Evian


At the heart of the French Alps, lies the source of an extremely well balanced water. From the summit of this aquiferous zone, water from rain and melting snow, slowly infiltrates down through layers of glacial sand. At a rate of 1 to 2 centimeters per day, a journey taking 15 years purifies this water as it becomes laden with minerals and acquires a unique equilibrium to emerge 800 meters below at Evian.

At the start of the French Revolution in 1789, the Marquis de Lessert, discovered the Cachat Spring in the small town of Evian-les-Bains on Lake Geneva in the mid Eastern region of France. After spending several days drinking the spring’s naturally pure water, the French nobleman believed that the water aided in passing his kidney stones. News of the event soon spread and crowds gathered to sample the water to ease ailments. In 1824, the first spas opened in Evian-les-Bains to accommodate those seeking to benefit from the spring.

By 1826, the Duke of Savoy, issued the first bottling authorization for Evian Natural Spring Water. Today, it is available in over 120 countries throughout the world. This soft spring water is ideal for the preparation of baby food, thanks to its low nitrate levels and balanced composition of the various minerals. Evian’s mineral composition has remained unique and consistent for over 200 years. Evian Natural Spring Water is bottled exclusively at its protected natural spring source, and is far from any urban or industrial development.









Water in the News
Michigans’s Proposed 10 Cent Bottled Water Tax
Gov. Jennifer Granholm (D) and leaders within the Michigan Legislature are continuing to explore ways to close the state's significant budget shortfall, and a tax on bottled water is still under consideration. In an effort to revive the state’s college scholarship program, Lt. Gov. John Cherry is proposing a 10-cents-per-bottle fee on Michigan companies that sell bottled water.

Many organizations such as The International Bottled Water Assoc and Nestles Water have joined forces to fight the recent proposed tax by Michigan Governor Jennifer Granholm. The IBWA states the proposed law is unconstitutional and threatens Michgan’s economy. “…taxing food products such as bottled water is not permitted under current law…and consumers will ultimately bear the burden of any tax increases via higher prices” according to Joe Doss, President of the IBWA. It may discourage some Michiganders from purchasing bottled water. It is also suggested this tax could result in the loss of an additional 2000 jobs in the State, which has already been plagued by high unemplyment. For more information click here.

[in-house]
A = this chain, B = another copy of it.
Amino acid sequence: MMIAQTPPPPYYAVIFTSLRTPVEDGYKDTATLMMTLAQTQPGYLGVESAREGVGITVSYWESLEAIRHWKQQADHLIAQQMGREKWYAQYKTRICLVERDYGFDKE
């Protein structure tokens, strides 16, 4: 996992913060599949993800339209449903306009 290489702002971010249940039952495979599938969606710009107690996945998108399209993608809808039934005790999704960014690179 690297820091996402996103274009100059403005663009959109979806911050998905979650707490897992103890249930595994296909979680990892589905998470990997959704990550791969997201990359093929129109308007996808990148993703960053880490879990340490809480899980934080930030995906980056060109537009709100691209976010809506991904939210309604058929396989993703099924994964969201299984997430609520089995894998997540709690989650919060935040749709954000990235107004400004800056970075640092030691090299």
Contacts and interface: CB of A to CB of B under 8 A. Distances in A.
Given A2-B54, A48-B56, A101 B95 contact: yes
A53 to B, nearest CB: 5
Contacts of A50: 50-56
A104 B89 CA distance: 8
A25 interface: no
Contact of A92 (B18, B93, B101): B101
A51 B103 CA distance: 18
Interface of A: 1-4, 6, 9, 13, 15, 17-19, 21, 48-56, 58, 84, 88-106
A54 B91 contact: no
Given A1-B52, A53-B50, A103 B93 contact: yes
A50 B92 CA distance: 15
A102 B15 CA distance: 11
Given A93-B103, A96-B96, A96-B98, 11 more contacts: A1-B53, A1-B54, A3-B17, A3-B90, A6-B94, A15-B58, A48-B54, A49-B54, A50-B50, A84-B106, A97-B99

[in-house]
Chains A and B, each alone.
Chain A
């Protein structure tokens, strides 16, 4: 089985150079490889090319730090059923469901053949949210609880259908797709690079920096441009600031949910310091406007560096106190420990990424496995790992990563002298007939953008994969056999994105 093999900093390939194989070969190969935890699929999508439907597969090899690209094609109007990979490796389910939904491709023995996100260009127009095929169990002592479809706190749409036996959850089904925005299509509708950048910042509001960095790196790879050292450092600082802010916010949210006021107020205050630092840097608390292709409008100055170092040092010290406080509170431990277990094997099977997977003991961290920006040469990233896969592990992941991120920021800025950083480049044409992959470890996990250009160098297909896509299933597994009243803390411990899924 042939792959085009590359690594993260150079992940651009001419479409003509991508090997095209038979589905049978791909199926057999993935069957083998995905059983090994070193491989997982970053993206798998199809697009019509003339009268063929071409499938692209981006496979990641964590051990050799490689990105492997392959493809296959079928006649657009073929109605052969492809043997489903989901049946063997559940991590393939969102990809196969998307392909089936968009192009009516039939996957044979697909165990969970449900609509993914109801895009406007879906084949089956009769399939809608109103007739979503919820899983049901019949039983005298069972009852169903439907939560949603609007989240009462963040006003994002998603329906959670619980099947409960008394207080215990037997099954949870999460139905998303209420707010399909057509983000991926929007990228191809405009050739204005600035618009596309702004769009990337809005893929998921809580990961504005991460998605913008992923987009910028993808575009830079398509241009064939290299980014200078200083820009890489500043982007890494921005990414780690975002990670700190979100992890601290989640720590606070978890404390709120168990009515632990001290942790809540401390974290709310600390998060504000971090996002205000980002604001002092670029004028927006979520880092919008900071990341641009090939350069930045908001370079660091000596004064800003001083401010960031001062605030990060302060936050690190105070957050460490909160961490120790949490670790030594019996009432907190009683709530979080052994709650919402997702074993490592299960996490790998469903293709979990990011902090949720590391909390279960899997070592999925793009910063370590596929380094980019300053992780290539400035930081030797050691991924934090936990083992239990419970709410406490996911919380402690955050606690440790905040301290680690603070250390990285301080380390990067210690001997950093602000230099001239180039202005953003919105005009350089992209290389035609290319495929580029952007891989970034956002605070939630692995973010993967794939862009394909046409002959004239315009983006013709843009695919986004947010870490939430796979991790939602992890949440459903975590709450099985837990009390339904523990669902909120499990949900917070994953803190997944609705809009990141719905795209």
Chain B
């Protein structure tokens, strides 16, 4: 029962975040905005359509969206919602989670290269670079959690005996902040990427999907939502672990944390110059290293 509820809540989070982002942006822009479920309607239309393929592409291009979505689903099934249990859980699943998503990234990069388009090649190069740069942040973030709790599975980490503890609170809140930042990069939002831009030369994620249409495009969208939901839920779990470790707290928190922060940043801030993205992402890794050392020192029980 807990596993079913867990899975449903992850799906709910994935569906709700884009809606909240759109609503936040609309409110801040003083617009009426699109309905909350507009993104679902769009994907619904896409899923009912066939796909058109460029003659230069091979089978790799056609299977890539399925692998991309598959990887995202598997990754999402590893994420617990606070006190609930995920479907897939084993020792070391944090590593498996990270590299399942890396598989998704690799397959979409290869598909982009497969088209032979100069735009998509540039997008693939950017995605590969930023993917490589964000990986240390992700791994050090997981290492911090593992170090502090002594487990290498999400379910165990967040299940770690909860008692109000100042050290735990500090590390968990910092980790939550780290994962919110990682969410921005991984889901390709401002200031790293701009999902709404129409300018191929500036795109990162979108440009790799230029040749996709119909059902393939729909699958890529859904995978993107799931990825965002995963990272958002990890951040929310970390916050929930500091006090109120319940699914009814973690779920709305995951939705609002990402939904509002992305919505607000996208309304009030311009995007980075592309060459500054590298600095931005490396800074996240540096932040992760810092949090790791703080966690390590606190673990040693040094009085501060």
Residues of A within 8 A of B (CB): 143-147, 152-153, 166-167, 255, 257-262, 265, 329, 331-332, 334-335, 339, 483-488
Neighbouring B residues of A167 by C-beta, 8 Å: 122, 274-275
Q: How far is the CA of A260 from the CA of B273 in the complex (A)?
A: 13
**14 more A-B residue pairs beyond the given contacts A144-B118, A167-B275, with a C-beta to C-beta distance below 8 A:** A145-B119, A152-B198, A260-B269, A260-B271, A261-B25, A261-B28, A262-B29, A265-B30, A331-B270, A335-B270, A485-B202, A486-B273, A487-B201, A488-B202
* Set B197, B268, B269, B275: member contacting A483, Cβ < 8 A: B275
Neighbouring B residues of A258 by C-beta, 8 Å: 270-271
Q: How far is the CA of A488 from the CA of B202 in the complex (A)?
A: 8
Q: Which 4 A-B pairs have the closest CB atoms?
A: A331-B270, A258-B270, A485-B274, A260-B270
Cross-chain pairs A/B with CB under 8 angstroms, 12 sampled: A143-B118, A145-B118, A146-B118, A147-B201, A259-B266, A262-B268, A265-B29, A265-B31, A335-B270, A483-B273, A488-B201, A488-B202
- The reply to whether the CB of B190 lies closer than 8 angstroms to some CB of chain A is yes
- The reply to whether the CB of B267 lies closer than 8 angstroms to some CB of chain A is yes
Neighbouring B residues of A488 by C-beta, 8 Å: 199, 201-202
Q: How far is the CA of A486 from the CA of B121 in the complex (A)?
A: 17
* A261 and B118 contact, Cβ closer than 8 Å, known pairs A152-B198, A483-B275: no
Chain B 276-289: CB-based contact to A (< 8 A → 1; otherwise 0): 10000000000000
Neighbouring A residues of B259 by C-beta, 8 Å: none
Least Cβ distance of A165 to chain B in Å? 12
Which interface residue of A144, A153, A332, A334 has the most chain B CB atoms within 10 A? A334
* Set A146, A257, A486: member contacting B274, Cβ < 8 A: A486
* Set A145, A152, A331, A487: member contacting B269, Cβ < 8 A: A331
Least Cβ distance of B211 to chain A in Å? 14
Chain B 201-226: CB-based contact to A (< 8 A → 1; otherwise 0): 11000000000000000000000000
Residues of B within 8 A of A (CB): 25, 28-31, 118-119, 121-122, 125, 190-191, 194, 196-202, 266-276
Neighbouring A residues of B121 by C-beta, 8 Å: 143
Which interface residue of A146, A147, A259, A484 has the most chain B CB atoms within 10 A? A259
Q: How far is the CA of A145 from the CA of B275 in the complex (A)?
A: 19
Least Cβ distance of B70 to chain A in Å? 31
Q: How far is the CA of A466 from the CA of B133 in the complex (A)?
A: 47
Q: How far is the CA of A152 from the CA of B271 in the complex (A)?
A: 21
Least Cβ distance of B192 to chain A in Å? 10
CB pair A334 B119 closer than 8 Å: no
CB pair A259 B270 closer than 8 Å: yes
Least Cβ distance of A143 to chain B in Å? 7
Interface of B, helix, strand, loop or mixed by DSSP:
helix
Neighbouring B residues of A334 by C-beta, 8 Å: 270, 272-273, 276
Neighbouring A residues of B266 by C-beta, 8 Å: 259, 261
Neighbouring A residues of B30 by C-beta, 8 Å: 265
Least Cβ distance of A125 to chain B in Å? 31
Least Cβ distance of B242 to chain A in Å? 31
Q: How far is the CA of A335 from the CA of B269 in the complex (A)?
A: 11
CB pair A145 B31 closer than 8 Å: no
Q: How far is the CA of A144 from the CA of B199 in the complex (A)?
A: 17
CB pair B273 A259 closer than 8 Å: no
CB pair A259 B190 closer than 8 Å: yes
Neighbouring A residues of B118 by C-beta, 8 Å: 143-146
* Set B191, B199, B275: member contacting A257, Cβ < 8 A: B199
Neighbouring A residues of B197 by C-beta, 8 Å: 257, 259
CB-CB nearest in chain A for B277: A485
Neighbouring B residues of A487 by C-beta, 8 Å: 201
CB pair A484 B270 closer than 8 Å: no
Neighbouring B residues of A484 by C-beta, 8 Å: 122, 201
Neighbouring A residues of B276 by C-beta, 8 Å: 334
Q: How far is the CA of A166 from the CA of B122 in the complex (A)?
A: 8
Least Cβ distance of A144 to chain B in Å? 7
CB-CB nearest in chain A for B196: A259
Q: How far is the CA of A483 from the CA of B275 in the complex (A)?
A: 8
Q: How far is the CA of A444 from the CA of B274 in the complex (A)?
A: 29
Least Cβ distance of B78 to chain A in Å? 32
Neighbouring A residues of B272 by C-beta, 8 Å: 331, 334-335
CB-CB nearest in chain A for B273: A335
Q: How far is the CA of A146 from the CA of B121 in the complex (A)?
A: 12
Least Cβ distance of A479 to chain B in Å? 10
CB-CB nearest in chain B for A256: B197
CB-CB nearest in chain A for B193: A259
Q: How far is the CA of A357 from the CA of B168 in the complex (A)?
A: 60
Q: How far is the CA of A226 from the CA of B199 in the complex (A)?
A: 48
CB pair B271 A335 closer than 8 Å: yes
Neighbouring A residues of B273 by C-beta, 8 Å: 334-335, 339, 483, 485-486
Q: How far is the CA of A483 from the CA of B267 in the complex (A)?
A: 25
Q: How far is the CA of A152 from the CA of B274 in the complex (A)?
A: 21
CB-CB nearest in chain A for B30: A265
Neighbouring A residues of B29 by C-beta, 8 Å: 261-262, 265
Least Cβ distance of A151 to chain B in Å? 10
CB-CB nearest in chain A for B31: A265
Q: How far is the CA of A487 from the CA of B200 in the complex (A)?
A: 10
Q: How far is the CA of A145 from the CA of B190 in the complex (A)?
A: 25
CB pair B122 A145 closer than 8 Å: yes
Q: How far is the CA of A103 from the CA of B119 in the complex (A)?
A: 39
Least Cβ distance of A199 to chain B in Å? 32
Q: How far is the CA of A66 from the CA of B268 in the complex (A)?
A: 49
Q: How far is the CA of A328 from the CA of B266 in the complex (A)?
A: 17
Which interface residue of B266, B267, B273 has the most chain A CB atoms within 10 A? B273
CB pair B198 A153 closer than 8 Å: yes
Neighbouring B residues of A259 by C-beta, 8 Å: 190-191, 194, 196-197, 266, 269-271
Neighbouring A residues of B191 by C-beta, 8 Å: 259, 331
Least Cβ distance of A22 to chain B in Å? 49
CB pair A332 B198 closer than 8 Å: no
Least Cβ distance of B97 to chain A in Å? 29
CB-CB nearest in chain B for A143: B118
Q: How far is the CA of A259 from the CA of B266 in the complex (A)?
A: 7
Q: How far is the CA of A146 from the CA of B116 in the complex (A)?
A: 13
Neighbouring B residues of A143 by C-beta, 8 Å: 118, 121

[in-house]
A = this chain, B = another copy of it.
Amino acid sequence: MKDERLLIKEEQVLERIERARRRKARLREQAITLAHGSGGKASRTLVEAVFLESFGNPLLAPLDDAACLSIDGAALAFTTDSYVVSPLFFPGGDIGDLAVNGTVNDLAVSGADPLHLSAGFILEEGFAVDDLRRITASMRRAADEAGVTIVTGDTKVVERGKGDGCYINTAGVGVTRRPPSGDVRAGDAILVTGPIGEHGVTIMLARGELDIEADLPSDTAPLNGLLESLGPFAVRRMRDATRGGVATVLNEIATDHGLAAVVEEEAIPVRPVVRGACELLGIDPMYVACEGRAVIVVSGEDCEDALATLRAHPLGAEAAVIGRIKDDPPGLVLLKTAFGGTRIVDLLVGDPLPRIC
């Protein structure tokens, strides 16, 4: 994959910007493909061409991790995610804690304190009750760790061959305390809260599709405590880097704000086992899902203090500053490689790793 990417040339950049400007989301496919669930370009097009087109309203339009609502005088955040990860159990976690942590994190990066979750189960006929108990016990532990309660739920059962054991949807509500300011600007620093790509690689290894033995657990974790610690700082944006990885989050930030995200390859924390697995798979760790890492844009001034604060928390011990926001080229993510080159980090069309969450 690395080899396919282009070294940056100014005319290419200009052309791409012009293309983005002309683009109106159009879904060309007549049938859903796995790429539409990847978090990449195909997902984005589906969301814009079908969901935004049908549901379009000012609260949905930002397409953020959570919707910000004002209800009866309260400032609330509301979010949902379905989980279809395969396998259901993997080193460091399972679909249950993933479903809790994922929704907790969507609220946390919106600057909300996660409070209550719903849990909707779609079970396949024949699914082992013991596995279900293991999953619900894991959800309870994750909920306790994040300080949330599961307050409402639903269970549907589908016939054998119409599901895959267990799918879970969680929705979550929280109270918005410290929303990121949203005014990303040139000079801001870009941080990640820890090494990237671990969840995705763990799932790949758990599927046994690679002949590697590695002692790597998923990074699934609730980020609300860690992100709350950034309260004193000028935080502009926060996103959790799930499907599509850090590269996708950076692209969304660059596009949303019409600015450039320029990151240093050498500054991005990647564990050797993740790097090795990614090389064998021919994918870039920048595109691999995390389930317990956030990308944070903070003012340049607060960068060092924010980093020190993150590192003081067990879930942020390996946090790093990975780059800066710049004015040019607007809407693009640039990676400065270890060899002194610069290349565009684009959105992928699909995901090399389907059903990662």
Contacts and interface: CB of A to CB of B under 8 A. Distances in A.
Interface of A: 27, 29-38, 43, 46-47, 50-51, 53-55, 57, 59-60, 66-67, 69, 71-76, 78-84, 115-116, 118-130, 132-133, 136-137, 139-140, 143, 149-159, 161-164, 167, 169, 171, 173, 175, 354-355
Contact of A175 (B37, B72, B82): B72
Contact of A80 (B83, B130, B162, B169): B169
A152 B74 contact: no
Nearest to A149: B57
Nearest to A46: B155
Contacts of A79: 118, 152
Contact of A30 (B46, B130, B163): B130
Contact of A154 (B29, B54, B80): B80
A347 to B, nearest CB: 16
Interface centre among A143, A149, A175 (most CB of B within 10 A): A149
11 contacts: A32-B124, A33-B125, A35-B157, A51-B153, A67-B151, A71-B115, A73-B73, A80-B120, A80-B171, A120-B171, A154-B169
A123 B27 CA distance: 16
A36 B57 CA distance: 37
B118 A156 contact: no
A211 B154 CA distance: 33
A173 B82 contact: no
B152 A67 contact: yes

World’s Most Dangerous Bottled Water Source Many water bottlers draw their raw water from pristine places, but only one has a very hazardous source — the Demilitarized Zone (DMZ) separating North Korea and South Korea, according to a recent article in Stars and Stripes, a newspaper circulated to the US military.

The DMZ has been in a totally natural state since the end of the Korean War in 1953, its ecosystem “is the best in the world,” claims Chun Woo-chul, a spokesman for the company. On land, there is razor wire – and plenty of landmines. Soldiers walk patrols, and there's sometimes gunfire. Underneath all this is a spring that ultimately feeds the plastic bottles. Water is now being drawn from beneath the DMZ, only after obtaining special permission from the South Korea Ministry of Defense to set up a pumping operation. For more information click here.

A New 500 Year Old Water
A new bottling venture captures the water trickling from a natural spring said to have been discovered by King Henry VI in 1464. According to the story, the king discovered the spring at the Bolton Hall Estate, in the village of Bolton-by-Bowland while he was staying in the area following a defeat during the War of the Roses. It is said he used the water for bathing and drinking. A new family venture has begun bottling the water under the label King Henry VI Spring Water.